Wisconsin receives $142M to combat water challenges under bipartisan infrastructure law

Federal environmental regulators have announced Wisconsin will receive $142.7 million to target removal of lead pipes, harmful forever chemicals and water challenges in underserved communities as part of the first allocation under the bipartisan infrastructure law.

U.S. Environmental Protection Agency Administrator Michael Regan announced the funding Thursday as part of $7.4 billion awarded to states and tribes under the $1 trillion bipartisan infrastructure bill signed into law by President Joe Biden on Nov. 15.

The award is part of $44 billion in state revolving loan funds that will be distributed over the next five years to help state and tribal governments make long overdue upgrades to drinking water and wastewater systems.

Around half of the funding will be made available as grants or loans to provide to rural and urban communities.

“Billions of dollars are about to start flowing to states and it is critical that EPA partners with states, Tribes, and territories to ensure the benefits of these investments are delivered in the most equitable way,” said Regan in a news release.

In a letter to Gov. Tony Evers, Regan urged prioritizing grants for disadvantaged communities.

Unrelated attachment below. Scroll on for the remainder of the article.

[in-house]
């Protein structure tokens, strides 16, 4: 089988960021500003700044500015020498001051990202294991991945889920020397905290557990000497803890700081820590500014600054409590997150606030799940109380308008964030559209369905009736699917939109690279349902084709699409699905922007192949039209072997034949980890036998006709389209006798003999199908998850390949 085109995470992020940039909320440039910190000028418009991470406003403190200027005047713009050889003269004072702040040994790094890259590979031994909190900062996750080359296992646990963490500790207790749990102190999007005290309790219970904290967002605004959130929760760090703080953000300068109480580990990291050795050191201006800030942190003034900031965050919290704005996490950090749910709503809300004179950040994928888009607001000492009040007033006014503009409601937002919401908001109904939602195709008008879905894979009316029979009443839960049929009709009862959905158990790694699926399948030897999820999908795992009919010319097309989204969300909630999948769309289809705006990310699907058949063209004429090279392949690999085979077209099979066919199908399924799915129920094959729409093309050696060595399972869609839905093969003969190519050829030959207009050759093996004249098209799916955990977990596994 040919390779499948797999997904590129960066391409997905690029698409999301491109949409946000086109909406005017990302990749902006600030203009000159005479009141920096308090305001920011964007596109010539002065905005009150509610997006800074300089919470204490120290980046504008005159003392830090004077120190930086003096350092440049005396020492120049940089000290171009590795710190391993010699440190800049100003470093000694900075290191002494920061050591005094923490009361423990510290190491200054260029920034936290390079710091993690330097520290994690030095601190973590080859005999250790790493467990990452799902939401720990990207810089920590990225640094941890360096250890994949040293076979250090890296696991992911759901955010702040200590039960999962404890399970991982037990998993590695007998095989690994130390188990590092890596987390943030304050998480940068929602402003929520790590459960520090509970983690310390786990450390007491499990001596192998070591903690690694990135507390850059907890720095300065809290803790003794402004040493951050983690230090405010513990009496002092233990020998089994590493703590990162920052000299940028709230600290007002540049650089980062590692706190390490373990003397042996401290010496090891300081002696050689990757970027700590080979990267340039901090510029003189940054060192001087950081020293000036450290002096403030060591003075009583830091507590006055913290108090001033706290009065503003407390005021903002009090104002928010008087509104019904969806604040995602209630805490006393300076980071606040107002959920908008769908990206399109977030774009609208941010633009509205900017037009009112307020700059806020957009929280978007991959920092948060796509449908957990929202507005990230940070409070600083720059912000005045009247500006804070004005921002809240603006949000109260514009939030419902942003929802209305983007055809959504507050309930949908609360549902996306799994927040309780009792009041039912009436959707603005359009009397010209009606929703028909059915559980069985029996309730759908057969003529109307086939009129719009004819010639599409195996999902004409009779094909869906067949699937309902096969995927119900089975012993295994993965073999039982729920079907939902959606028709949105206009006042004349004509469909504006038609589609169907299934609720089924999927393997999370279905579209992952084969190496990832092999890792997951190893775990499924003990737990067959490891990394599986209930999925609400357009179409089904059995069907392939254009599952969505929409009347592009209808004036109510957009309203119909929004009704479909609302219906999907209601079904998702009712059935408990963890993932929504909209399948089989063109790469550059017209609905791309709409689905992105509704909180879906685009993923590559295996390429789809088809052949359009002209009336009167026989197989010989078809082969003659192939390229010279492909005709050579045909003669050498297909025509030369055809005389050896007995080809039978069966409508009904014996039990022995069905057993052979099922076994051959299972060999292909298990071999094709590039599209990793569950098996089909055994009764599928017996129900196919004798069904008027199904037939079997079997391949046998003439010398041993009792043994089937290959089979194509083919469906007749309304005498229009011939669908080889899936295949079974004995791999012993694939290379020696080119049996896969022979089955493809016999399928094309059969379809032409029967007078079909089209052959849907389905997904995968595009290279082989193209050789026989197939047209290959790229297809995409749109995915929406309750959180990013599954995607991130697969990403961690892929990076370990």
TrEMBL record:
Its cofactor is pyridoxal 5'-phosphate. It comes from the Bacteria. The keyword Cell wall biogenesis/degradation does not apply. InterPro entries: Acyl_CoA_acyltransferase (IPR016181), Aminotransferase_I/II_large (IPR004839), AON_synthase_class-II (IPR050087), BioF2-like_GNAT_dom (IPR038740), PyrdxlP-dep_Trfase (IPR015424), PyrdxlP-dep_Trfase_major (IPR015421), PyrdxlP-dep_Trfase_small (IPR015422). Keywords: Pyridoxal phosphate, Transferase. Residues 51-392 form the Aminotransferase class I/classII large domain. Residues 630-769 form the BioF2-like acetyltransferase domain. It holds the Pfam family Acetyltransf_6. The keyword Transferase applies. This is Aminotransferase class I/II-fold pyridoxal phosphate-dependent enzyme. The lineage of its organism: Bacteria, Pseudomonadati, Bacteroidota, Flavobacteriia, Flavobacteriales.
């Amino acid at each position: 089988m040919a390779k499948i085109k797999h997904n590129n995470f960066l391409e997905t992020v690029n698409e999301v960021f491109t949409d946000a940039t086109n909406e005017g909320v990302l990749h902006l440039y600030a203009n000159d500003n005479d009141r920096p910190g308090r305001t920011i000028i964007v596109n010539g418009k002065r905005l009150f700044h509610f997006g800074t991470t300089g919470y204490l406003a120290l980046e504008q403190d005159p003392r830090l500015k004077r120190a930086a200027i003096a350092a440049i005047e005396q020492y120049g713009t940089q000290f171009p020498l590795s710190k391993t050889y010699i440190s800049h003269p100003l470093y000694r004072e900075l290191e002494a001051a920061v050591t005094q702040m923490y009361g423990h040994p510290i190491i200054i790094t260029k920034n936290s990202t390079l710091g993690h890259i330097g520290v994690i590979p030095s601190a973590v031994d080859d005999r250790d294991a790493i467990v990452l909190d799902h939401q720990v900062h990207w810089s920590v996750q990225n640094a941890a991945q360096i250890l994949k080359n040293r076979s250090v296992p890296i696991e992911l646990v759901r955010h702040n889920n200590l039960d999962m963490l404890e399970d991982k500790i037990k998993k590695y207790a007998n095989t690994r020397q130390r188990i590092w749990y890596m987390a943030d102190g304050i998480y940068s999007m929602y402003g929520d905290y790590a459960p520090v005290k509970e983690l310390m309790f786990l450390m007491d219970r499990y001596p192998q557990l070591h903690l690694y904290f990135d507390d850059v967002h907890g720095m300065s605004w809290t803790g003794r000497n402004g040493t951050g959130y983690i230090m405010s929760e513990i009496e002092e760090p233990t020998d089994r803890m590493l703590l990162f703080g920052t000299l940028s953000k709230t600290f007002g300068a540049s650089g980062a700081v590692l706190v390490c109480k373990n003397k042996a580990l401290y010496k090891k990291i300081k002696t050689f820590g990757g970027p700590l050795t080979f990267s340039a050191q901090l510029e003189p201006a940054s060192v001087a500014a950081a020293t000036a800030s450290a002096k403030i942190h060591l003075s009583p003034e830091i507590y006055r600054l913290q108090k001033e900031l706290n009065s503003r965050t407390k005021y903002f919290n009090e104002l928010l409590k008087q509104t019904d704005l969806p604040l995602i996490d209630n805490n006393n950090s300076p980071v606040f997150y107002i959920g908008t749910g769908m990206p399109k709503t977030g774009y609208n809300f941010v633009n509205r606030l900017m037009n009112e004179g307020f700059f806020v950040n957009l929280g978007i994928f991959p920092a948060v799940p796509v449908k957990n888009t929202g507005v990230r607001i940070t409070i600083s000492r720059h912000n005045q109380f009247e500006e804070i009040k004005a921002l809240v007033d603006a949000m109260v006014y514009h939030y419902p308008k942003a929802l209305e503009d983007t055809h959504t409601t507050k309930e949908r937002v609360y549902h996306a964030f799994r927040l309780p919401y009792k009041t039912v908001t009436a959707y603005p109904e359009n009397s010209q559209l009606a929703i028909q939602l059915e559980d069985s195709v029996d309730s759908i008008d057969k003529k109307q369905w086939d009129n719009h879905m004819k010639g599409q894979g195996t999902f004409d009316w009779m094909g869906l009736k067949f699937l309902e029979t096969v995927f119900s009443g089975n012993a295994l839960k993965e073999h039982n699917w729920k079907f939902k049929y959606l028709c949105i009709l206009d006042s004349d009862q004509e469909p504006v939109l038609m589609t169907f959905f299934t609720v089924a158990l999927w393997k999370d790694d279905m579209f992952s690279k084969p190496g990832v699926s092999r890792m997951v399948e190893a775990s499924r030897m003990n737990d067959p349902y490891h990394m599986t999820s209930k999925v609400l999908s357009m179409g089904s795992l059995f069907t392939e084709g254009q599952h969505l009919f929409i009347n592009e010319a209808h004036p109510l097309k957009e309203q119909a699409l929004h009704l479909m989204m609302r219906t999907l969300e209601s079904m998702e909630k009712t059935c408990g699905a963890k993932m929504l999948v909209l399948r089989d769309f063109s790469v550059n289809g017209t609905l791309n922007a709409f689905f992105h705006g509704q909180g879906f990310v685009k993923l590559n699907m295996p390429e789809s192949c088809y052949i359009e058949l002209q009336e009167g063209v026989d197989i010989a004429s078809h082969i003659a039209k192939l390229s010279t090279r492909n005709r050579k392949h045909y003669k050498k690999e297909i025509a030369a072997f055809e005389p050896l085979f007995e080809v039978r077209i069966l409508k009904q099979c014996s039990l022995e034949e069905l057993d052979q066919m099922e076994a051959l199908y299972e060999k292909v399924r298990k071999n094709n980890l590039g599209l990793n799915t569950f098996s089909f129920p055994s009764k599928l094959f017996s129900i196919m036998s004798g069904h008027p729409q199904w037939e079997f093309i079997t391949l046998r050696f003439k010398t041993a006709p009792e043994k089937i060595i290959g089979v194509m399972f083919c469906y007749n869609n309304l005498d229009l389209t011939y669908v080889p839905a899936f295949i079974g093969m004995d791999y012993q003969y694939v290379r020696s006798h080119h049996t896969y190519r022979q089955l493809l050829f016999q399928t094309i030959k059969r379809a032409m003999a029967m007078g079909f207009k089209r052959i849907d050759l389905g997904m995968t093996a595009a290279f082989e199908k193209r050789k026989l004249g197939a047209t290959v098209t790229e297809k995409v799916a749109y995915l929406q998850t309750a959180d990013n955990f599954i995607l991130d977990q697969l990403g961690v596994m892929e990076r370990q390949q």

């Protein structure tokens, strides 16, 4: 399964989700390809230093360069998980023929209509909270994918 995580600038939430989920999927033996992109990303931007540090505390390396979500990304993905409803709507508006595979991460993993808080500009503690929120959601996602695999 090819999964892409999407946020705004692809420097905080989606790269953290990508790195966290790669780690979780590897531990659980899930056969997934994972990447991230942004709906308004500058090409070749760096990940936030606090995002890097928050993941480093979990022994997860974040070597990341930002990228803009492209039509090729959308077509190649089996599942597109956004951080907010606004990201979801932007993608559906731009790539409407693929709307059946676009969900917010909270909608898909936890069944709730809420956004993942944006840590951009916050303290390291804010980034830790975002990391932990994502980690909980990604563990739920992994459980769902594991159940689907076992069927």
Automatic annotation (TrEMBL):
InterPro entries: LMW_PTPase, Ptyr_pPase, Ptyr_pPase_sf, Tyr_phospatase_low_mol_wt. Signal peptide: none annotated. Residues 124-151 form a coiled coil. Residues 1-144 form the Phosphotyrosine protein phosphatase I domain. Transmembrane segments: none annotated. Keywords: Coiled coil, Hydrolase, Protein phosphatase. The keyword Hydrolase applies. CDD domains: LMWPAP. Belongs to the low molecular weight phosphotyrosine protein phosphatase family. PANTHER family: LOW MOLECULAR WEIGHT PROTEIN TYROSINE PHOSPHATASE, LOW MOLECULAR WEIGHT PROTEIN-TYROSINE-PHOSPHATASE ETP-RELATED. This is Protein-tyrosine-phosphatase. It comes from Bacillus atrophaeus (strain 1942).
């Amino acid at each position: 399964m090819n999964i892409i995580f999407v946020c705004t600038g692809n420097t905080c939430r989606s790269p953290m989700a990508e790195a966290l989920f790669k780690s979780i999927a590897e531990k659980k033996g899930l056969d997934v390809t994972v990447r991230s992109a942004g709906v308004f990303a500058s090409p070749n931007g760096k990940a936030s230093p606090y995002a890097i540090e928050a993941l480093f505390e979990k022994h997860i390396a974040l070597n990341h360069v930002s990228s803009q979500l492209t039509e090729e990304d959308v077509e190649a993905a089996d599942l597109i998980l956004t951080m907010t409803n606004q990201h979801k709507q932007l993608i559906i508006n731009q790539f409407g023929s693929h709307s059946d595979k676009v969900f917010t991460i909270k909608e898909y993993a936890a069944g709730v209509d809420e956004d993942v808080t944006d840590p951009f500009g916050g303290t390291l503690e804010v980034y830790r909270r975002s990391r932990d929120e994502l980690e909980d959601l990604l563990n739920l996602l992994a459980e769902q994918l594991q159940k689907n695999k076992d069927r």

“To further aid states, tribes, local governments and water systems, the EPA will also provide technical assistance to help disadvantaged communities overcome barriers in applying for and receiving loans and grants through the (state revolving loan funds),” wrote Regan.

State revolving loan fund programs offer low-cost financing to help communities repair or upgrade water and wastewater infrastructure.

Assistant Administrator of the EPA’s Office of Water Radhika Fox will soon issue guidance to state agencies on how they should use the funding provided under the law. In his letter, Regan urged states to correct disparities with funding, make progress on replacing lead service lines and provide relief to communities struggling with contamination from harmful perfluoroalkyl and polyfluoroalkyl substances (PFAS). 

Wisconsin has hundreds of thousands of pipeline segments containing lead or other harmful materials, according to Wisconsin Watch. Milwaukee alone has roughly 70,000 lead service lines that could cost nearly $800 million to replace.

As for PFAS, state environmental regulators have detected 51 sites within 25 communities that have PFAS polluted groundwater. However, less than 1 percent of the state’s more than 11,000 public water supplies have been tested for the chemicals. PFAS has been found in public and private wells in communities across the state, including Peshtigo, Campbell, Marinette, La Crosse, Eau Claire, Rhinelander and Madison.

The funding under the infrastructure bill represents the single largest investment in water infrastructure in decades, but the needs are great. The American Society of Civil Engineers estimates Wisconsin water and wastewater systems need around $15 billion over the next two decades to address aging infrastructure.